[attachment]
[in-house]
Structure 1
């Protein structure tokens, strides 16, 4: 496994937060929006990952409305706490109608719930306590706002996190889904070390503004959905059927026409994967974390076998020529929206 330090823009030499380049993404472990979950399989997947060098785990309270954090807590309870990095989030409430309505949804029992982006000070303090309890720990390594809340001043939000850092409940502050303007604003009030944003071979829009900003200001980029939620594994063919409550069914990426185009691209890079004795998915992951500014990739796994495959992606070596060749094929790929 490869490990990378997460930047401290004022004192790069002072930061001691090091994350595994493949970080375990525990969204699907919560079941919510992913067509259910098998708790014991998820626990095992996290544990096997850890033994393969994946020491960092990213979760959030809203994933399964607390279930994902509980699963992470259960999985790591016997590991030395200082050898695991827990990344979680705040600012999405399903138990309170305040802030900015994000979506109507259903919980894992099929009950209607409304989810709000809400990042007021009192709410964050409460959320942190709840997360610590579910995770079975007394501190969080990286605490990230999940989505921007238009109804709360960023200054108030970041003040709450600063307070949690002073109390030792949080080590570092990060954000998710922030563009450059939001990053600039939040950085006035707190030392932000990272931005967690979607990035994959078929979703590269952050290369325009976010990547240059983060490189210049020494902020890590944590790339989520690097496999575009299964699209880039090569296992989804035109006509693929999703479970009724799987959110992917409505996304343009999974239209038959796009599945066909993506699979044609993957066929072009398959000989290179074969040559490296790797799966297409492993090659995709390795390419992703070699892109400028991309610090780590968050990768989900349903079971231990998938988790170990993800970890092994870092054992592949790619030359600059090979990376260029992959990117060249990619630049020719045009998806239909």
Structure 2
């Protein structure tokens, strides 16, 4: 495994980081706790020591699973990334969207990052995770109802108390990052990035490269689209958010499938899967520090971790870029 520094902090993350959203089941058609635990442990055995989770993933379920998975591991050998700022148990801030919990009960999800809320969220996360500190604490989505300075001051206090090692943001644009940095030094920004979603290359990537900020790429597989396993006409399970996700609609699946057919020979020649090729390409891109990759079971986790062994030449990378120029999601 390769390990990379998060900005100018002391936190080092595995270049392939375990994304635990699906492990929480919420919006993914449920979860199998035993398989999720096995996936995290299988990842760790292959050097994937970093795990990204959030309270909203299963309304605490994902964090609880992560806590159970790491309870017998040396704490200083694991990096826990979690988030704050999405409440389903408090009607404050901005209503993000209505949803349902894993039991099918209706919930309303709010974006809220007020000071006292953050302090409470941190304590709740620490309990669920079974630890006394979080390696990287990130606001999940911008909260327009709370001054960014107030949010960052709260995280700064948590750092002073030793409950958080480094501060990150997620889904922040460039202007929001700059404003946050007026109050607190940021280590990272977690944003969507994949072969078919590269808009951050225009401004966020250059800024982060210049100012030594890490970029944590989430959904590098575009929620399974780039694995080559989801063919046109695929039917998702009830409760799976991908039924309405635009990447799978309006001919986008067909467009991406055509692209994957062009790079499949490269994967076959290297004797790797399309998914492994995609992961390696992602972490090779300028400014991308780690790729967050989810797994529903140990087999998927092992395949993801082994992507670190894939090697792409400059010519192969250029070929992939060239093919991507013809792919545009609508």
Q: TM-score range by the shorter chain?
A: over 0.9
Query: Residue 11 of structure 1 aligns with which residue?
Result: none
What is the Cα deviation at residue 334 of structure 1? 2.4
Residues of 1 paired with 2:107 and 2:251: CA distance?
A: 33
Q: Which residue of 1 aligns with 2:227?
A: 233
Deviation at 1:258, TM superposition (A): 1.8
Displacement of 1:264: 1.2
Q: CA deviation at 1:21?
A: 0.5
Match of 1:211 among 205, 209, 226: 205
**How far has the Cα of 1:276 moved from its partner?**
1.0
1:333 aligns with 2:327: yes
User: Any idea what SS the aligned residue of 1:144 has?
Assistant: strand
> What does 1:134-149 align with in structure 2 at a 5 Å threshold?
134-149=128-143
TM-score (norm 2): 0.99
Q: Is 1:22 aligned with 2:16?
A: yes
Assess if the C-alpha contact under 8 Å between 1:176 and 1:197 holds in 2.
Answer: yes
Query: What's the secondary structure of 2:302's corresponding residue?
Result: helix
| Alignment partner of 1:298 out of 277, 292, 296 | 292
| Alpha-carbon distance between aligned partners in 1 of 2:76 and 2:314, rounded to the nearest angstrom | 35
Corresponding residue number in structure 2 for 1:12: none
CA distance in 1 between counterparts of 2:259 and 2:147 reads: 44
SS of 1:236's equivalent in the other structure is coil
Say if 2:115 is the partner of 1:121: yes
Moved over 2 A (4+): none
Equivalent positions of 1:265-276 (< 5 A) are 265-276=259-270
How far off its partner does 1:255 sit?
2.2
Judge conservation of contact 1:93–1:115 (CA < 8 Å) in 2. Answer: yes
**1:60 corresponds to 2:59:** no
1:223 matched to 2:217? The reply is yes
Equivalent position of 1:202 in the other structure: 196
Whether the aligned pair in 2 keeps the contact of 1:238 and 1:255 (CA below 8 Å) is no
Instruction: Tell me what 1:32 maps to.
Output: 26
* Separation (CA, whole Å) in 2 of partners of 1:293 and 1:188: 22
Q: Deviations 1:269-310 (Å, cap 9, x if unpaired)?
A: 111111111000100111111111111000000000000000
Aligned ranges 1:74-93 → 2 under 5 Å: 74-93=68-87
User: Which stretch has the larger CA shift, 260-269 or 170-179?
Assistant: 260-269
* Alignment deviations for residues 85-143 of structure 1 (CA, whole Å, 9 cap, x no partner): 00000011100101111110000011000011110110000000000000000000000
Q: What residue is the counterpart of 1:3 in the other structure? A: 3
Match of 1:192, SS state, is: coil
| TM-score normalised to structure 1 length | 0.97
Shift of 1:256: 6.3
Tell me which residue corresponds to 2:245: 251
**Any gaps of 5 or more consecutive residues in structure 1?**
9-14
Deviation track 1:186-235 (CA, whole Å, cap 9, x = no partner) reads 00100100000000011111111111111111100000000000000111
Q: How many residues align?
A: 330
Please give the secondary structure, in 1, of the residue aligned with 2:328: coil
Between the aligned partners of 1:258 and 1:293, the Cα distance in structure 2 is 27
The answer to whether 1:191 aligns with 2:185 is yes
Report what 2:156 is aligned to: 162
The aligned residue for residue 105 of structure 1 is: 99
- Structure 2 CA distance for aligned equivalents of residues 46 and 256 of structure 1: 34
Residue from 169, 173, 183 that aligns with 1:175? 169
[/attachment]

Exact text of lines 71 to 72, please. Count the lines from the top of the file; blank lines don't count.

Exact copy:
Report what 2:156 is aligned to: 162
The aligned residue for residue 105 of structure 1 is: 99